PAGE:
Rich. Caulfield Council Book of Cork & early annals



breedeth infection and disease amongst the soldiers. Many th31t lived· on them- died\ and such as would not eat them sold 80 herrings for. a.penny, so as three weeks. allow- ance served not for one day, and the rest of the time lived on bread or little else. The- Victua.Iler is enforced to sell6oo.barrels of corr-upt herrings." - ·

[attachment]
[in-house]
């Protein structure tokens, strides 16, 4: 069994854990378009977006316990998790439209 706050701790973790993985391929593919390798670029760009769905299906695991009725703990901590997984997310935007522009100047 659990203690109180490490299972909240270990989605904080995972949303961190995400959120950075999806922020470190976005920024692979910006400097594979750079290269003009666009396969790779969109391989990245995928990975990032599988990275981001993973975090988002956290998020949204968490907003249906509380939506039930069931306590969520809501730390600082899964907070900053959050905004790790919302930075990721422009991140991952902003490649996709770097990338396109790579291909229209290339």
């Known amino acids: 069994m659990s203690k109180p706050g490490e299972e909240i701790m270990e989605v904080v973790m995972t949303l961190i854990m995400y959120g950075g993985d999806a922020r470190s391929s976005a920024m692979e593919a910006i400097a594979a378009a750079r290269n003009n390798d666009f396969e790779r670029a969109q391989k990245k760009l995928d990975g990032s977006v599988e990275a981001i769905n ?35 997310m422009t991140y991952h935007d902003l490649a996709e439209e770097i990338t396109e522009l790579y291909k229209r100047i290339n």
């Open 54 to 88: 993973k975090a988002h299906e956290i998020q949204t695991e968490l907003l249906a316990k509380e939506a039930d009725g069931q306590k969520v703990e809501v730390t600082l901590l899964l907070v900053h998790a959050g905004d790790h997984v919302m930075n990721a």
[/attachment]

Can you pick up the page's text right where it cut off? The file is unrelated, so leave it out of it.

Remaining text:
1603, Aprill2. Robt. Morgan came to-Cork with letters. from- the Deputy and. Council to proclaim the King, where presently Sir·Geo. Thornton. the chief. J ustioo· and others were ready to proclaim, but were forbidden by the MayoD and. others.. .'b3th May themselves him. 14th. The English with certain of the Irish' went out of the city and proclaimed him. 15th. They got the keys o£ the·churches: and set to sweep and paint images. H>th. The Mayor-being absent, the great par.t ot the town with priests, copes; and banners began· their procession and liallowed the· churches. 17th~ One Michael an old priest died and with tapers &c the Mayor and townsmen buried him. 18th. Being Sunday the Mayor and townsmen were all nt masses in the churches. 1-9-th. Sir Cha. Wilmot &c came from Kerry, the Mayor denied to give them the Kings victuals for the Castle of Ballinger, so that they were. fain victuaJ it from Kinsale, and when certain townsmen attempted to win the Castle: from the King they were well patted. 16G3, May&. Sir Geo. Thornton wciting to. Cecil from Bishops Court says, In. Cork they have raised the Kings fort, fortified their town with the·Kings ar.tillery,. apprehended the officers of the munition and victuals- and·sent seditious letters to all the·noblemen and chieftains &c to come and remove the siege. " Yesterday brought . a·Spanish saker from Halebolinge, and placing her before the town raked three or four·shot through some·of their houses, whereupon they sent out.a drum, with Wal-. ter Co_ppinger &c entre&ting a pa,ss·for him and·Mr•.Andrew Barrett to .repair,to the: LDrd Deputy as agents for the Mayor &c-.'' 1603, June. Amongst the items in the indictment of William.Mead, Recorder ·of' Cork, is the following. '' ThatJ he caused Skiddies Castle; being a fort and a store-· house, wherein the Kings victuals a.nd munitio~ lay, to b& taken by fo~e, protesting· that unless the Mayor would take it; he would not stay an·hour in the- tow~ where- upon· the people gave·a great shout, and so the·fort was entered and taken.'.' 1604,.Oct. 17. Sir Henry Brouncker writing to Cranbourne complains "that the· siokness at Cork hath driven him·to the ruinous house at Mallow, where he is not like·to be long free, all the towns and parts of th~ province being infected." 1607, Jan. 3. Sir Henry Brunker Lo. Pres. of Munster died, and was buried at 8 •. Mary's, Cork. "·The Wonderful Battell of Starelings Fought at the City of Corke in . lTeland the 12 and 14 of. October last past 1621. As it hath been credibly Br~ ~ 8 • · informed by divers noblemen and others of the said kingdom &c." Lon,.. ac ·- don. Printed for N. B. 1622. "Corke is a City in the West of Ireland·in the Province of.Munster, for situation;. and. all·commodoties·which sea or land. may afford,.non inferior to any Citie in that country. About the seventh of October last, Anno 1621 there gathered together by· degrees,. an unusual multitude of birds called stares, in some Countries knowne by· the name of Starlings ,.. these birds are for the quantity of their bodies strong, for their quality bold and ventrous, amongst themselves very loving, as may appear by their fli_ghts keeping together all times of the yeare; excepting the breeding time. It is, an<l hath beene an old proverbe, that, Birds of a.feat/i,er hold and keep togetke'lj. which hath ever beene a common custome in these as much as in any other kina· whatsoever~ but now the old proverb is changed, and their-custome is altered cleane. oontrary. .11·or at this time, as thea&. birds are in taste bitter, so they met to fight· together the II!ost bitterest and sha~1>E'.st battell am~ngst t~~ms~lves, the like, for tha manner of their fight, and for the ttme the battell did continue, never heard or seene at any time in any country of the world. · We reade in the Histories of our oune countrie, that in the twelfth year of King ~ichard the second, tha~ the Gnats mustere<l: together at Shine ilow ·called Richmond 1 m· great abundance, w1th so. great a mult1tude, that the ayre was .obscur 2 ed c-



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